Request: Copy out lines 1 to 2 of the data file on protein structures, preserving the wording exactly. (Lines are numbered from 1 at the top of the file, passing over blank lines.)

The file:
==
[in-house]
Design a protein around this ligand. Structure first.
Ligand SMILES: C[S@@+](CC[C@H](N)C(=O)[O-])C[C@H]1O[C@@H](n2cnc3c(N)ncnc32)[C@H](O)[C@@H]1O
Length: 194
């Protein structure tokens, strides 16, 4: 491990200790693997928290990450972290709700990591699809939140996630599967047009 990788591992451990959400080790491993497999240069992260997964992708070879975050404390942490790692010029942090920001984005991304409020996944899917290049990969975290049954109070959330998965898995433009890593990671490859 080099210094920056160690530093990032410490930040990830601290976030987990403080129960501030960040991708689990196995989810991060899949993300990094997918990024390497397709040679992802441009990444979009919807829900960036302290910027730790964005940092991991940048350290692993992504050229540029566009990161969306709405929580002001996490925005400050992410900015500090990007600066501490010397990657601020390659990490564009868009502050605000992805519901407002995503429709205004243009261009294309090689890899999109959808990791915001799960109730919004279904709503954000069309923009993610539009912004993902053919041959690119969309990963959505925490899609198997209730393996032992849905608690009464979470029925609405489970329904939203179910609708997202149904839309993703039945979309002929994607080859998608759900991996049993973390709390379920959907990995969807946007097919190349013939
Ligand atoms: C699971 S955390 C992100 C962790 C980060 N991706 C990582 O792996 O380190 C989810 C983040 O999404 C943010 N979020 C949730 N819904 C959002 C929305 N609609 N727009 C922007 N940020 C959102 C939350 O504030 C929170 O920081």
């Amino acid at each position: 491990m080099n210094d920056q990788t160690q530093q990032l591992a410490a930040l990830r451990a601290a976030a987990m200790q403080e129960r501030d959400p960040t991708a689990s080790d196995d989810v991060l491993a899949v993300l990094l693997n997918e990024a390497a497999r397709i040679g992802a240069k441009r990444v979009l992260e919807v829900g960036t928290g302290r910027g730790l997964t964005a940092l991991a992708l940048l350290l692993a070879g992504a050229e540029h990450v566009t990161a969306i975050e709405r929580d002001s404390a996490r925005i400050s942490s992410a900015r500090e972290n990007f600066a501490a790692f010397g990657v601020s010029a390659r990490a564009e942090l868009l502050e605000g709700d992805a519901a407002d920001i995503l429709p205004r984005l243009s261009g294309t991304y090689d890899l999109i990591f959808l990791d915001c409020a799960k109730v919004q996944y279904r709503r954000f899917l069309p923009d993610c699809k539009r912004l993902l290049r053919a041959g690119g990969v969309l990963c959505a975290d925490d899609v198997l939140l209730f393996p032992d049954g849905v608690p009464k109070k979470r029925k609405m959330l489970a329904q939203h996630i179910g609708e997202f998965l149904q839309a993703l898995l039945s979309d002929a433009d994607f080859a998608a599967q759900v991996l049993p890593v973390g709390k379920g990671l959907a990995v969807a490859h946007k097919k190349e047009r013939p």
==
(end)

[in-house]
Design a protein around this ligand. Structure first.